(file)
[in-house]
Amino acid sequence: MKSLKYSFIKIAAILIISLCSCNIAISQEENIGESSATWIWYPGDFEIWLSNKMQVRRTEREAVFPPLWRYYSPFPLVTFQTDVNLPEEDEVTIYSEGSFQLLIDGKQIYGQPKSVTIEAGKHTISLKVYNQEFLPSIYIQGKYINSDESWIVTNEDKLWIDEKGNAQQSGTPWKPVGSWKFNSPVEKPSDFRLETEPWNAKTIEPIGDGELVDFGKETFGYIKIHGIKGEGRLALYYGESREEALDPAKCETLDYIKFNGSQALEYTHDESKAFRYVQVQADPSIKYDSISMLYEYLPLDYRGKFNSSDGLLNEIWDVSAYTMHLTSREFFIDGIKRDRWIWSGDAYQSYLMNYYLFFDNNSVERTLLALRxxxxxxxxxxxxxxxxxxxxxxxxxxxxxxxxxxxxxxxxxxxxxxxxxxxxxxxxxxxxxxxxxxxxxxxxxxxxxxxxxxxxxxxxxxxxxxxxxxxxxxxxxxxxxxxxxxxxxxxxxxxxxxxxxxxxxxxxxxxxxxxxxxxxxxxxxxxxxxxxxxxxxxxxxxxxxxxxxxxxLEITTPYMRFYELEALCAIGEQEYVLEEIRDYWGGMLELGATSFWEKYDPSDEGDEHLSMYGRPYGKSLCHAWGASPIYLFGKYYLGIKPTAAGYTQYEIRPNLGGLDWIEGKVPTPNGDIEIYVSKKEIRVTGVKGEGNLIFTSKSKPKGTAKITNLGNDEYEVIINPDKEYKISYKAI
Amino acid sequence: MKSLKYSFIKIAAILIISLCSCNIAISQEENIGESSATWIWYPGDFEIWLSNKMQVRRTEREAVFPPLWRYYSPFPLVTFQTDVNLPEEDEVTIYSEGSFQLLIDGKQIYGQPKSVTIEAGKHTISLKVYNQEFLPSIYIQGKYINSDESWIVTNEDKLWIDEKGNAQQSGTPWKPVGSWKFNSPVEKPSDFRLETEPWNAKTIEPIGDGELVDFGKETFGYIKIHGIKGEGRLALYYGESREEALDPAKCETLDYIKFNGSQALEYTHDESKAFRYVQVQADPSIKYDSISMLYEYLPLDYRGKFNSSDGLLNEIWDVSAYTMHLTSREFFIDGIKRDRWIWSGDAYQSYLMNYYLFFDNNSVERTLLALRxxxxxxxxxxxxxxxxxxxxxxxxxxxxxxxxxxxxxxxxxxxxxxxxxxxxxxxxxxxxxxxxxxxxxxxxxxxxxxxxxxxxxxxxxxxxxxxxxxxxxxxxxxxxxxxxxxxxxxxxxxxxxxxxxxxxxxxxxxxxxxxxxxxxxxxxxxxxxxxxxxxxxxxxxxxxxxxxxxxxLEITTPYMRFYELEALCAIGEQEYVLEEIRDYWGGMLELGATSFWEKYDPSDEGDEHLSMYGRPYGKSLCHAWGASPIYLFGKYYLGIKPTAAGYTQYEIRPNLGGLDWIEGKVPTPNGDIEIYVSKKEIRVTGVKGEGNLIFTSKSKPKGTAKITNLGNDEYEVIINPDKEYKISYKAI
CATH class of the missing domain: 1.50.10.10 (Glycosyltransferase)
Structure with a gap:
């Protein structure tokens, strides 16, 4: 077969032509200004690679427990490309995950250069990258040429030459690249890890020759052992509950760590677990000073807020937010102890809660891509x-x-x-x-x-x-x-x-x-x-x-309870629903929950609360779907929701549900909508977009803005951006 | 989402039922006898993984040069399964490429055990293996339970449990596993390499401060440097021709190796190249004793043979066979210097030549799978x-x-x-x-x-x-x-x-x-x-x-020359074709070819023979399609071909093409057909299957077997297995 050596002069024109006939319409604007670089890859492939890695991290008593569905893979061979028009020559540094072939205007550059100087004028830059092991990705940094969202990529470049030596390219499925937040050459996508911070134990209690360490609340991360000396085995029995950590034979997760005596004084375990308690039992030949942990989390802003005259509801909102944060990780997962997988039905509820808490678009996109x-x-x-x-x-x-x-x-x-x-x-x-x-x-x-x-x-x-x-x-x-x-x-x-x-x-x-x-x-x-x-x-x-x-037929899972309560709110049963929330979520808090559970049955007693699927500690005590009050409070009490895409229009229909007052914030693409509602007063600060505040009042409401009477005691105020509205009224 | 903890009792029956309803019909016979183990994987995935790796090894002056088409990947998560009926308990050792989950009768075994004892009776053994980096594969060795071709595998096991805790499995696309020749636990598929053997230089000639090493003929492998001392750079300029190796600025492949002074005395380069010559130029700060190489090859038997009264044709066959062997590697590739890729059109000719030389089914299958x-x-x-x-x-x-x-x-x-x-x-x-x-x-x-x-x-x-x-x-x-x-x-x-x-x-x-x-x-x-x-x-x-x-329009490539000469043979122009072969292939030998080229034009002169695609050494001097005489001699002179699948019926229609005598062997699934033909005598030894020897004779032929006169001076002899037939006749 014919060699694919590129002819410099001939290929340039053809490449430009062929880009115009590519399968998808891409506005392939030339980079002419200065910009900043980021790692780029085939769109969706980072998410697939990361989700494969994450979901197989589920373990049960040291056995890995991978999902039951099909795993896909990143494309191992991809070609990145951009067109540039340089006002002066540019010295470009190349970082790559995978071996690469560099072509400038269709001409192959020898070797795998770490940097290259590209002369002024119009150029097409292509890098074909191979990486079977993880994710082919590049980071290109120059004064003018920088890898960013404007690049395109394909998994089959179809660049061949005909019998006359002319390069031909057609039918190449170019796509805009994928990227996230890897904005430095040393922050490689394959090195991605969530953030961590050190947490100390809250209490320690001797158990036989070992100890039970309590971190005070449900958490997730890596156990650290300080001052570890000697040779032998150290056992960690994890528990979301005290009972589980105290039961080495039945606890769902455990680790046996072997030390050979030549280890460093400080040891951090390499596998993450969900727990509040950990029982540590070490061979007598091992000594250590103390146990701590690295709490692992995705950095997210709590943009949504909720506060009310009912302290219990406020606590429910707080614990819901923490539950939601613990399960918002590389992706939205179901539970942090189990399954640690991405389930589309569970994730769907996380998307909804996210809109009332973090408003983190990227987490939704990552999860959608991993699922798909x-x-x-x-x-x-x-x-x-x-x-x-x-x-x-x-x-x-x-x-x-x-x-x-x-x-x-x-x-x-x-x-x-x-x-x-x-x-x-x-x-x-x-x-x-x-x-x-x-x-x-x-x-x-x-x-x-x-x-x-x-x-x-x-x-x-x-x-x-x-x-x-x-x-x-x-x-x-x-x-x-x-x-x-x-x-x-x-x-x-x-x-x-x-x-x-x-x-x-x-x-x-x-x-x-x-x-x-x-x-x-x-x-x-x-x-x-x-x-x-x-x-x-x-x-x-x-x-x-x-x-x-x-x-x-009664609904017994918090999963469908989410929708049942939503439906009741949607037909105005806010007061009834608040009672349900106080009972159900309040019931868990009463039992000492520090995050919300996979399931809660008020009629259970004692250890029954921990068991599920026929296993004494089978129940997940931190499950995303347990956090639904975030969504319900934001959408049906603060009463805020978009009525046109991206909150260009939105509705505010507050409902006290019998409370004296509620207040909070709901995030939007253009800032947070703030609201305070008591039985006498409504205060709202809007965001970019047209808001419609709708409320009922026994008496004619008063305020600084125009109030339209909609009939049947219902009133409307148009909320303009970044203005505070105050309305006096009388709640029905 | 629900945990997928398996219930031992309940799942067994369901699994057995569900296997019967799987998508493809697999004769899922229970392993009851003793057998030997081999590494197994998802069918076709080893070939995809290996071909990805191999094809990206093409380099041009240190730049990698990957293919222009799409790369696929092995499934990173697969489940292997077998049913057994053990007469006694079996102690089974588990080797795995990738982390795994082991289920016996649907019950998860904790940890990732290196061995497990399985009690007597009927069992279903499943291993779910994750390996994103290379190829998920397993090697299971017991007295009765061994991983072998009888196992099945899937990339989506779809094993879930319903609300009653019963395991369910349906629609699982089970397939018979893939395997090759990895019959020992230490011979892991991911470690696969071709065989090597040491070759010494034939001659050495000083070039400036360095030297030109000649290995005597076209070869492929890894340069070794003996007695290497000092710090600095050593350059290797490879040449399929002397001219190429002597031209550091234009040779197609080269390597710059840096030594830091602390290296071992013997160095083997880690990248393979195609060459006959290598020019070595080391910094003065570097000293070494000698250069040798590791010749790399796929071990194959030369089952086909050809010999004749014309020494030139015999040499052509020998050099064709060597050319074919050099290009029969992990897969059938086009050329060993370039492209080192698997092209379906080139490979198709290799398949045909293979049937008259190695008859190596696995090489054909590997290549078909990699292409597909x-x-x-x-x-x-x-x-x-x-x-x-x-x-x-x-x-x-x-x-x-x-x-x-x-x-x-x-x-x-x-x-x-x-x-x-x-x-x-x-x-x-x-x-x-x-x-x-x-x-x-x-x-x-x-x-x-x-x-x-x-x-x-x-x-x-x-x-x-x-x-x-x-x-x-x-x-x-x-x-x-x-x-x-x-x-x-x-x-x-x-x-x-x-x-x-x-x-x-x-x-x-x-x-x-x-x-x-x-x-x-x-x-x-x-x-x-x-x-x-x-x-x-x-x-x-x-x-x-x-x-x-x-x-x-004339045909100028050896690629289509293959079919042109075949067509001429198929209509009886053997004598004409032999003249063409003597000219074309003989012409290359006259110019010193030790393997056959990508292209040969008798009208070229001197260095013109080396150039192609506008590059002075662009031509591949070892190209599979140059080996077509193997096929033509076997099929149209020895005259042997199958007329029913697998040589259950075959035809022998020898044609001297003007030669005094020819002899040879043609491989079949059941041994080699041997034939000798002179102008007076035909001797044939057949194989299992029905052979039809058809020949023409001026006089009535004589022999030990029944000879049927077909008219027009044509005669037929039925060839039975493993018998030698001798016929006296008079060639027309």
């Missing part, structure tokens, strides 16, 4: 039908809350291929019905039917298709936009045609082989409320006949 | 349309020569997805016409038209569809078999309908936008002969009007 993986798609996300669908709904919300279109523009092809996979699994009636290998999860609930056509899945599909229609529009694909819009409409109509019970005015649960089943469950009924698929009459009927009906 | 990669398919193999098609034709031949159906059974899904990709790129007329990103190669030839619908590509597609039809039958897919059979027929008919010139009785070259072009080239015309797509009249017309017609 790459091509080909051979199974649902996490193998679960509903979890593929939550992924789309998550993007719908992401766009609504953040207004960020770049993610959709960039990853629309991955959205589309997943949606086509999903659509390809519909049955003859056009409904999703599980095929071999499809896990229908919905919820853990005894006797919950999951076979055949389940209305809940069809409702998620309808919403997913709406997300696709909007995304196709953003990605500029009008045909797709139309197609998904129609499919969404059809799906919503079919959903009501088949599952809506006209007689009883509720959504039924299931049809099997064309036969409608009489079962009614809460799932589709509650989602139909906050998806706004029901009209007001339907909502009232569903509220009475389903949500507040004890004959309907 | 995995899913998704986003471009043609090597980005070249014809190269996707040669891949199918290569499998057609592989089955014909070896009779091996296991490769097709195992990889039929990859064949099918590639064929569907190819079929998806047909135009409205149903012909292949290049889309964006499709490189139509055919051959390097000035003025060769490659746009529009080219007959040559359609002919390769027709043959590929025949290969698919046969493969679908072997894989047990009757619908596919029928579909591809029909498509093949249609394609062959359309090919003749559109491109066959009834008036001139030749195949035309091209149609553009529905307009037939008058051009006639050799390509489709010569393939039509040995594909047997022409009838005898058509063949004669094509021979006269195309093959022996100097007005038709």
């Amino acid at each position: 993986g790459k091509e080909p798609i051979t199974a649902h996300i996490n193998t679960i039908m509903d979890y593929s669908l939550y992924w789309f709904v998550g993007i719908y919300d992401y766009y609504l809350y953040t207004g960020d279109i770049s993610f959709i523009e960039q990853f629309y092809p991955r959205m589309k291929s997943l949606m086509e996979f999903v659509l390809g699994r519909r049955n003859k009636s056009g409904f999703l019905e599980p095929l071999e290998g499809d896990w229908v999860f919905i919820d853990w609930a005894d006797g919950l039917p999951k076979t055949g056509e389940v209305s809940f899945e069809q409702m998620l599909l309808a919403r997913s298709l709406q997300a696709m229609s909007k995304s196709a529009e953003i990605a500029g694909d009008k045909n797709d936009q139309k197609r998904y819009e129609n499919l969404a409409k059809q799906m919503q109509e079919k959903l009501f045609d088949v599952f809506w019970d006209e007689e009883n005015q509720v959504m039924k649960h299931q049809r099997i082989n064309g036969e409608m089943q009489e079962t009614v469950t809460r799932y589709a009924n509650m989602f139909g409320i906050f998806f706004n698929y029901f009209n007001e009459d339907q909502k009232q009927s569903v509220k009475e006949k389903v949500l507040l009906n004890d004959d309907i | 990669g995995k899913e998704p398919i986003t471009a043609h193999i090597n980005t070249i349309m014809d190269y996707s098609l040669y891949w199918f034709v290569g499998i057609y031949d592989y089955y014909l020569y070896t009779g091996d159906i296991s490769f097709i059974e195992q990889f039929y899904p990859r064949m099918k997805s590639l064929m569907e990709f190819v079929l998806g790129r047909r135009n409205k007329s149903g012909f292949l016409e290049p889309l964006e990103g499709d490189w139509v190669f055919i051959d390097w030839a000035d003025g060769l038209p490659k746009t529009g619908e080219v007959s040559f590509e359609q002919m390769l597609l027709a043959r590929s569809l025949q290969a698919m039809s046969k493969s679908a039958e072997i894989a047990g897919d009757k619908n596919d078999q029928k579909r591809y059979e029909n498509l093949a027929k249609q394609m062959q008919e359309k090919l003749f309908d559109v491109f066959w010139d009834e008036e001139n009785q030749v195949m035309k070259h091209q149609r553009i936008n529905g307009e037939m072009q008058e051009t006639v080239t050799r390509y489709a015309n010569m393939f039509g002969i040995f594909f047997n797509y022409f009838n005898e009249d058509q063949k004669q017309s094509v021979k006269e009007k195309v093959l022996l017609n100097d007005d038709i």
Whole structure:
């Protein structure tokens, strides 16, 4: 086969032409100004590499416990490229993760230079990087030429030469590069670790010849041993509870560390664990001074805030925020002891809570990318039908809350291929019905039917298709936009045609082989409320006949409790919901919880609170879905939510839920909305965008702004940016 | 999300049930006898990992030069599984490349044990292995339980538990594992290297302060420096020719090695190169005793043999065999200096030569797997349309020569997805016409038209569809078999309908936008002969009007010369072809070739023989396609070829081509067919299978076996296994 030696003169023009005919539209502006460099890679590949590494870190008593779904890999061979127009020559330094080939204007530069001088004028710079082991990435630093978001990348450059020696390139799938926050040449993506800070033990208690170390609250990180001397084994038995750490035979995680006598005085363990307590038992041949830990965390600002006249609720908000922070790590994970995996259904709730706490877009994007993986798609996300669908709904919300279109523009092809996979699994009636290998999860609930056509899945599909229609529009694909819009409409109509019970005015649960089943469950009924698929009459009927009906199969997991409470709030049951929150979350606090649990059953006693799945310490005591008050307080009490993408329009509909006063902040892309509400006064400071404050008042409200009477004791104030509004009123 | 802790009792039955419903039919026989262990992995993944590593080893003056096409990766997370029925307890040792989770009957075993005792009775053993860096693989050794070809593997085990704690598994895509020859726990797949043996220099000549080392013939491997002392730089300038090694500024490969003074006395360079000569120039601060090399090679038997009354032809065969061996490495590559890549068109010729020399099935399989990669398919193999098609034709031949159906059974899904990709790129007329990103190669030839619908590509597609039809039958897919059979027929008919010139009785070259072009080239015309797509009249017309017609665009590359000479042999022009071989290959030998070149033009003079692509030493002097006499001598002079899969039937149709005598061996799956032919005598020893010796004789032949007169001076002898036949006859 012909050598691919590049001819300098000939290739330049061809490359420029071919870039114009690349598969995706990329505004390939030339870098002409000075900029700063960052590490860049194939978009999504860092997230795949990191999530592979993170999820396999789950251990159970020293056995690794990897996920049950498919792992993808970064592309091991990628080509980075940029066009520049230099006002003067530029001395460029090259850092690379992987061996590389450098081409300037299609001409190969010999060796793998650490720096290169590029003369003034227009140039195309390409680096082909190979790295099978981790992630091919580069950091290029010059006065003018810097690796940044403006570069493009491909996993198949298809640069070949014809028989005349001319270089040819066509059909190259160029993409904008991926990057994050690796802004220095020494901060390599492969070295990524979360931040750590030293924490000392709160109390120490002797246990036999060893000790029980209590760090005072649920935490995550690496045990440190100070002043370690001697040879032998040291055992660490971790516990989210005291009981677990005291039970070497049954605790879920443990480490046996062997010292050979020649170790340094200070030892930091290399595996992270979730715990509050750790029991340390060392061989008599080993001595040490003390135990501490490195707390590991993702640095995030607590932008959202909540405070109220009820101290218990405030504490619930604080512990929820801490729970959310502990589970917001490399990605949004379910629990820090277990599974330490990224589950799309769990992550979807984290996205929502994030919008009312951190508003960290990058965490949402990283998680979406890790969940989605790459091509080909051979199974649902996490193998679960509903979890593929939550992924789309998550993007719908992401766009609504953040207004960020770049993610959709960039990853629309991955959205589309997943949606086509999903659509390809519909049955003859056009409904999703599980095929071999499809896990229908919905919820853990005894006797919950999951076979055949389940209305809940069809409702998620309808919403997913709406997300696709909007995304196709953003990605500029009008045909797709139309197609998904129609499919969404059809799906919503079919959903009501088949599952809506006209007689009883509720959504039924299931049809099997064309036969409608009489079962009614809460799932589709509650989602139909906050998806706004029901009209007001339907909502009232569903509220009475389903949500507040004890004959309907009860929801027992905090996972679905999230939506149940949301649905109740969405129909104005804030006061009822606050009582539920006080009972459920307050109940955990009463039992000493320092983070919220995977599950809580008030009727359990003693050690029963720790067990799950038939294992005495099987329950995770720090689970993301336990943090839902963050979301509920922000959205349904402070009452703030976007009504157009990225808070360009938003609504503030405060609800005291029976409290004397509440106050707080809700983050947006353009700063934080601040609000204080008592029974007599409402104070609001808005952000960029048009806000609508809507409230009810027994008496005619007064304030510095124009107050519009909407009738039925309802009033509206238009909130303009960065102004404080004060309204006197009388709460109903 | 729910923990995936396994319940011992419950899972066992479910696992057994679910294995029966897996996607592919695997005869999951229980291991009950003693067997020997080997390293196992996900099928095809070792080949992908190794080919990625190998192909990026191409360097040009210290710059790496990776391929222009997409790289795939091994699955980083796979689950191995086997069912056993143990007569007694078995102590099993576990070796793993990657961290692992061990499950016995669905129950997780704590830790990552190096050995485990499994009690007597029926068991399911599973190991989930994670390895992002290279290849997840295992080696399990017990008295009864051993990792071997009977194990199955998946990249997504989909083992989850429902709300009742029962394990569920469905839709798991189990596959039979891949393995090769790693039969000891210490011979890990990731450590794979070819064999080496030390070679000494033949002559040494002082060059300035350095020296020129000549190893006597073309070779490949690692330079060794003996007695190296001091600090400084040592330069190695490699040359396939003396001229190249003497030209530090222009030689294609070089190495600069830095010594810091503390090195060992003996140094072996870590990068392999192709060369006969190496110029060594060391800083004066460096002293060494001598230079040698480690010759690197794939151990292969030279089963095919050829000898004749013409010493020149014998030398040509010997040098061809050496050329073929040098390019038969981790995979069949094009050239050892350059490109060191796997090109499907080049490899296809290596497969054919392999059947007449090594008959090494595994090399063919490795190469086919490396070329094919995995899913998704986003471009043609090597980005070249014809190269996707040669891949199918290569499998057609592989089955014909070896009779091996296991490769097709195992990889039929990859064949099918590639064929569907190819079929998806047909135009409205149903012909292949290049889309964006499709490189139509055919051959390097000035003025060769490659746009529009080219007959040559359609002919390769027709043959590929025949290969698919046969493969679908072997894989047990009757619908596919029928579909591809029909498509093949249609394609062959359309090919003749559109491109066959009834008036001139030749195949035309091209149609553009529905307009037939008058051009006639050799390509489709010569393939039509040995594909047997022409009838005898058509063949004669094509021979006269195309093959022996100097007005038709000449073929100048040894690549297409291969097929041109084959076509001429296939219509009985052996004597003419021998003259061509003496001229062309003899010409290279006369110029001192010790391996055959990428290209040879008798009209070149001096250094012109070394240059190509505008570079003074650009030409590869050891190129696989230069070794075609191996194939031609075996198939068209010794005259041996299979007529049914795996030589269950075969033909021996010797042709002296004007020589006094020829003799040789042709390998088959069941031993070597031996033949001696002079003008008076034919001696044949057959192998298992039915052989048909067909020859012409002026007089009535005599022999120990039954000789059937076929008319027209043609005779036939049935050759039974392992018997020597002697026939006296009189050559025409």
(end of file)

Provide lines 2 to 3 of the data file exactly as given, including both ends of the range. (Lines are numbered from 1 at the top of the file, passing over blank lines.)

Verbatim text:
Amino acid sequence: MKSLKYSFIKIAAILIISLCSCNIAISQEENIGESSATWIWYPGDFEIWLSNKMQVRRTEREAVFPPLWRYYSPFPLVTFQTDVNLPEEDEVTIYSEGSFQLLIDGKQIYGQPKSVTIEAGKHTISLKVYNQEFLPSIYIQGKYINSDESWIVTNEDKLWIDEKGNAQQSGTPWKPVGSWKFNSPVEKPSDFRLETEPWNAKTIEPIGDGELVDFGKETFGYIKIHGIKGEGRLALYYGESREEALDPAKCETLDYIKFNGSQALEYTHDESKAFRYVQVQADPSIKYDSISMLYEYLPLDYRGKFNSSDGLLNEIWDVSAYTMHLTSREFFIDGIKRDRWIWSGDAYQSYLMNYYLFFDNNSVERTLLALRxxxxxxxxxxxxxxxxxxxxxxxxxxxxxxxxxxxxxxxxxxxxxxxxxxxxxxxxxxxxxxxxxxxxxxxxxxxxxxxxxxxxxxxxxxxxxxxxxxxxxxxxxxxxxxxxxxxxxxxxxxxxxxxxxxxxxxxxxxxxxxxxxxxxxxxxxxxxxxxxxxxxxxxxxxxxxxxxxxxxLEITTPYMRFYELEALCAIGEQEYVLEEIRDYWGGMLELGATSFWEKYDPSDEGDEHLSMYGRPYGKSLCHAWGASPIYLFGKYYLGIKPTAAGYTQYEIRPNLGGLDWIEGKVPTPNGDIEIYVSKKEIRVTGVKGEGNLIFTSKSKPKGTAKITNLGNDEYEVIINPDKEYKISYKAI
Amino acid sequence: MKSLKYSFIKIAAILIISLCSCNIAISQEENIGESSATWIWYPGDFEIWLSNKMQVRRTEREAVFPPLWRYYSPFPLVTFQTDVNLPEEDEVTIYSEGSFQLLIDGKQIYGQPKSVTIEAGKHTISLKVYNQEFLPSIYIQGKYINSDESWIVTNEDKLWIDEKGNAQQSGTPWKPVGSWKFNSPVEKPSDFRLETEPWNAKTIEPIGDGELVDFGKETFGYIKIHGIKGEGRLALYYGESREEALDPAKCETLDYIKFNGSQALEYTHDESKAFRYVQVQADPSIKYDSISMLYEYLPLDYRGKFNSSDGLLNEIWDVSAYTMHLTSREFFIDGIKRDRWIWSGDAYQSYLMNYYLFFDNNSVERTLLALRxxxxxxxxxxxxxxxxxxxxxxxxxxxxxxxxxxxxxxxxxxxxxxxxxxxxxxxxxxxxxxxxxxxxxxxxxxxxxxxxxxxxxxxxxxxxxxxxxxxxxxxxxxxxxxxxxxxxxxxxxxxxxxxxxxxxxxxxxxxxxxxxxxxxxxxxxxxxxxxxxxxxxxxxxxxxxxxxxxxxLEITTPYMRFYELEALCAIGEQEYVLEEIRDYWGGMLELGATSFWEKYDPSDEGDEHLSMYGRPYGKSLCHAWGASPIYLFGKYYLGIKPTAAGYTQYEIRPNLGGLDWIEGKVPTPNGDIEIYVSKKEIRVTGVKGEGNLIFTSKSKPKGTAKITNLGNDEYEVIINPDKEYKISYKAI